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Deciding how many stars to give "Unwanted" is a little difficult. Whilst I enjoyed the plot, which I thought was quite gripping, the characters, especially Alex Recht, began to annoy me after a while. I found him to be plodding and pretty useless when he was hyped as the super detective who everyone wanted to work with. It was left to new girl, civilian worker Fredrika to get things really moving whilst Alex seemed to sit with his head in his hands or gazing out windows wondering what to do next. I couldn't get to grips with WHY he was supposed to be so great when he seemed so overwhelmed by the traumatic case they were dealing with. I also felt that the final unraveling of the "why" it was happening was a little too drawn out - I found myself wanting to shout at them all like I would if I was watching a TV show! Overall, a pretty good debut and I will definitely look for more books by the author.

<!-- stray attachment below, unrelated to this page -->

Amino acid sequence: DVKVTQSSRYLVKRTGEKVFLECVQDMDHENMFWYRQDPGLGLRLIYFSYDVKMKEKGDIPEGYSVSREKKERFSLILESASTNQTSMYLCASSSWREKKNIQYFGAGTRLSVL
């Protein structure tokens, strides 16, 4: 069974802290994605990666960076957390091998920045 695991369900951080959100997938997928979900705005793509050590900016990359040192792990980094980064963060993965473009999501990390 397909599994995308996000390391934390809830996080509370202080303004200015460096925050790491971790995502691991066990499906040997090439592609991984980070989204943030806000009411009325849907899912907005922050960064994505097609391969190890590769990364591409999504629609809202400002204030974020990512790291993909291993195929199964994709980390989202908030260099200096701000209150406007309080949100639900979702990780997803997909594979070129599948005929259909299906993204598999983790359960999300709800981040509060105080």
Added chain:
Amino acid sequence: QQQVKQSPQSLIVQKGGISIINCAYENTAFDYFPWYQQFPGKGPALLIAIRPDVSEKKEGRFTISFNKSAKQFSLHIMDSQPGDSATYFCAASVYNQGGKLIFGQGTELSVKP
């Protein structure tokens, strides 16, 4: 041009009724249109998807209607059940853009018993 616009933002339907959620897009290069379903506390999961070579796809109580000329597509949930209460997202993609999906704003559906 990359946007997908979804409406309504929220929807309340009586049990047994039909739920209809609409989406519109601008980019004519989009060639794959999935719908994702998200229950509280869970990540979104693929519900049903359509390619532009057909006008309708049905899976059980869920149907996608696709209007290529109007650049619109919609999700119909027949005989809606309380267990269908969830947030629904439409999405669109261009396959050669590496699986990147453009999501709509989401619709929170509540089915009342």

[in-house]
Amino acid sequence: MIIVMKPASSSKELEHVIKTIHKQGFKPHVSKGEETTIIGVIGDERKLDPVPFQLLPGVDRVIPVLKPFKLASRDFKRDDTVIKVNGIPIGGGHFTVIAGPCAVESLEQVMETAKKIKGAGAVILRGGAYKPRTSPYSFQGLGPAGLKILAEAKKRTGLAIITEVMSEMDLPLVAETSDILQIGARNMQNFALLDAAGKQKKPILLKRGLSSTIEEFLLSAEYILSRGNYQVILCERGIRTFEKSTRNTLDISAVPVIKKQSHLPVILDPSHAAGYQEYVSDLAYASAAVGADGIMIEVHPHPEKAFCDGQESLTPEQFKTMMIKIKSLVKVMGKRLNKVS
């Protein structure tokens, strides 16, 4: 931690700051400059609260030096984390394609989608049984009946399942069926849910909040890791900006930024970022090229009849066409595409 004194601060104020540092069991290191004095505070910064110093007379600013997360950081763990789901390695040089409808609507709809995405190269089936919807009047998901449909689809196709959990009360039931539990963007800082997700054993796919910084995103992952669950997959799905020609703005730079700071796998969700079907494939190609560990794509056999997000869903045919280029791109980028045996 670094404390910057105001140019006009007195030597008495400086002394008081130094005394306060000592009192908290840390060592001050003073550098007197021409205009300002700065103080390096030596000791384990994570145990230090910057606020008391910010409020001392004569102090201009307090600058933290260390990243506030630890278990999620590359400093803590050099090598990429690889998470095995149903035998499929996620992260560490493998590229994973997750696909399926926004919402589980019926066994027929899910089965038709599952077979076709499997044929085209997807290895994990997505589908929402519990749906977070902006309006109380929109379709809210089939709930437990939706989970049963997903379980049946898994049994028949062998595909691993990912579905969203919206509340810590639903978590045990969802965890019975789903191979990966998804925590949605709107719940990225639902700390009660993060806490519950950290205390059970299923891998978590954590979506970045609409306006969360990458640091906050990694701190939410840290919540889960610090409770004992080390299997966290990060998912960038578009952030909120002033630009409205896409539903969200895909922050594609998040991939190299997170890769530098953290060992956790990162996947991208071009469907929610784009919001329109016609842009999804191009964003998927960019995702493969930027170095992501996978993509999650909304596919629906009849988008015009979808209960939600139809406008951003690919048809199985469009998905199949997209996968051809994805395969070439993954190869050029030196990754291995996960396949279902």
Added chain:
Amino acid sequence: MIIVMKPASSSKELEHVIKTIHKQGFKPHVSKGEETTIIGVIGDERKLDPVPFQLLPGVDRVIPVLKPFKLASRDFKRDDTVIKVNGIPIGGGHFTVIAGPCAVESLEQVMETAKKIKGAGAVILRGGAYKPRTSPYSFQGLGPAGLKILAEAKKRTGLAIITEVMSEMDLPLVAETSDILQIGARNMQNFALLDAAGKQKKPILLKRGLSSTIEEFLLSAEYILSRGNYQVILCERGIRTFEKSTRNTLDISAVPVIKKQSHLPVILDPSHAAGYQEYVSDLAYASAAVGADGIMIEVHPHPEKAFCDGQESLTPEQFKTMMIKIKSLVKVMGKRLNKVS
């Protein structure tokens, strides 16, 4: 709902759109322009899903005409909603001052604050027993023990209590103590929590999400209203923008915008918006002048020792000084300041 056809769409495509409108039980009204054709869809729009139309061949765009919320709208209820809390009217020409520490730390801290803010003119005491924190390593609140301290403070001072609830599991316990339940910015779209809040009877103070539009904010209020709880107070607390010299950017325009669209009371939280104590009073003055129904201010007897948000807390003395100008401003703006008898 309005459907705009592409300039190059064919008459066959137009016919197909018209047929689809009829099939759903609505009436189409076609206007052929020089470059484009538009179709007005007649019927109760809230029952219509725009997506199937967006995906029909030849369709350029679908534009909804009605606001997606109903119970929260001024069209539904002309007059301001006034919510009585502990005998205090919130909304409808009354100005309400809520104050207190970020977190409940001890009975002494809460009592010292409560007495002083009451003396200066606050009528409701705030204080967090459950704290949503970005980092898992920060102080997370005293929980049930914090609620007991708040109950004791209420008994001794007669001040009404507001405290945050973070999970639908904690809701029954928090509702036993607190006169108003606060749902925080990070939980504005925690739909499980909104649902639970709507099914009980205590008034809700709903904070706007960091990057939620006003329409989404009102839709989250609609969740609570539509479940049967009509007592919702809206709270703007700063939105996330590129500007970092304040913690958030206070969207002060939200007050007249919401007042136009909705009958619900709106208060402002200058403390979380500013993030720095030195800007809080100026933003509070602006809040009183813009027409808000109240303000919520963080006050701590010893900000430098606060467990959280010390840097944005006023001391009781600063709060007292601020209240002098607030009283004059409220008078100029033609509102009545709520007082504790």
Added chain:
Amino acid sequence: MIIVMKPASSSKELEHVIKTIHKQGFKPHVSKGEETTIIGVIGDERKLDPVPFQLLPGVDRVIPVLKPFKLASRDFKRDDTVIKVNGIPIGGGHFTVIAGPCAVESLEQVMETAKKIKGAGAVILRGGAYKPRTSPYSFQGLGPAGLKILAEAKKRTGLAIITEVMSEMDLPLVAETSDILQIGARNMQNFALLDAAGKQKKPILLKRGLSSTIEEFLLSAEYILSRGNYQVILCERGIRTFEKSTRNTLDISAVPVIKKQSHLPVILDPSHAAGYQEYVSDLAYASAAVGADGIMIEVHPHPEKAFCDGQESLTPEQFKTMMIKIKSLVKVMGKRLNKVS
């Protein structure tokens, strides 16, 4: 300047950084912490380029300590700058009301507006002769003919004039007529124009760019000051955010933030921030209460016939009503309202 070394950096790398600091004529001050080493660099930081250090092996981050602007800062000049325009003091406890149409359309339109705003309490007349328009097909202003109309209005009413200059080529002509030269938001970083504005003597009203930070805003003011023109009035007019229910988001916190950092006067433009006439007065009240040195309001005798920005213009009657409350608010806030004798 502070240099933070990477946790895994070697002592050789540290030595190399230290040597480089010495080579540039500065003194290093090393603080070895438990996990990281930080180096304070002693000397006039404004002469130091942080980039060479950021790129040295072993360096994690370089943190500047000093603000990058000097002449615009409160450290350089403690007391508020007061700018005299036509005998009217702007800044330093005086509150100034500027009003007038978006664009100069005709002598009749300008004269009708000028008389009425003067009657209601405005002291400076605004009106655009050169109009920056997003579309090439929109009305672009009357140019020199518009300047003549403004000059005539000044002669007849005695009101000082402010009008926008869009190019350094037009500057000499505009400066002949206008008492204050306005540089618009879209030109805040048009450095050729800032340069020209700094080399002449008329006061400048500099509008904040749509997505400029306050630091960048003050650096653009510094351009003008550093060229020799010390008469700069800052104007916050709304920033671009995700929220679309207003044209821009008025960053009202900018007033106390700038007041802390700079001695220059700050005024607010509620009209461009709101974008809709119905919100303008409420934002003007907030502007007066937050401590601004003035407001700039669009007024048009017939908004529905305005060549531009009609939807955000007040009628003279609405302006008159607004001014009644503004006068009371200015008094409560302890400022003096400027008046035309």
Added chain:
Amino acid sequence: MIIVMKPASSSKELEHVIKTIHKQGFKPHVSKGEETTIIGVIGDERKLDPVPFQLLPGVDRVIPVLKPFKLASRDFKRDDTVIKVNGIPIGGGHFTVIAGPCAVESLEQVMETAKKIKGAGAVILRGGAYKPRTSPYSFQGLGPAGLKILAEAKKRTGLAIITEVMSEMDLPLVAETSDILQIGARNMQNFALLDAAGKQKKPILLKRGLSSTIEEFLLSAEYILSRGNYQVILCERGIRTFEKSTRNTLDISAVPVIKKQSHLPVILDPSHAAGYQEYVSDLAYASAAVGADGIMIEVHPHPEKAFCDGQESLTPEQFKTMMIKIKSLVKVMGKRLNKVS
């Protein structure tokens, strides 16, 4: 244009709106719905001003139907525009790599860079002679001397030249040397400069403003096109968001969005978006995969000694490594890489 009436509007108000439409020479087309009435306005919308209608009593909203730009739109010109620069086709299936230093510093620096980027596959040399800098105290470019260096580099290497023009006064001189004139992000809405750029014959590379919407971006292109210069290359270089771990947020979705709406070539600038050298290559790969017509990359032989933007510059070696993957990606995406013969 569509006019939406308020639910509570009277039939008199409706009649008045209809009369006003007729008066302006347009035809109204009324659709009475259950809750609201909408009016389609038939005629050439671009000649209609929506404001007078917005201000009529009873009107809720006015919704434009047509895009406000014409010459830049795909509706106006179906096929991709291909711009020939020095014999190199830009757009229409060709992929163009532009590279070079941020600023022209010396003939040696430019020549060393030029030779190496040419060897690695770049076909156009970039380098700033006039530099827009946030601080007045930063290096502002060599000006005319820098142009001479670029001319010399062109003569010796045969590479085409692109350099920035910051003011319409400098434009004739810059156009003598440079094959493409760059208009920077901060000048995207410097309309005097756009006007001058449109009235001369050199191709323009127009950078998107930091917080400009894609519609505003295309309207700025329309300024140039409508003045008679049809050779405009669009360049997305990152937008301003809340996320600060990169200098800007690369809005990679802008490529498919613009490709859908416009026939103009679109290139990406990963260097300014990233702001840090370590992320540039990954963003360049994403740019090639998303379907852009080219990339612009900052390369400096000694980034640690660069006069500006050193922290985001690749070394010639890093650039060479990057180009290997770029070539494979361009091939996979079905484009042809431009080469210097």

Another point - I found the translation irritating at times as the words used in certain contexts didn't seem correct (eg: Fredrika's manner of speaking being described as "concrete" where "concise" would have been better). I read alot of Scandinavian authors so am used to translations and have never previously considered it a problem with any of the other authors I've read, but this one grated after a while.
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10 of 10 people found the following review helpful
5.0 out of 5 stars Great Debut Novel, 6 Aug 2012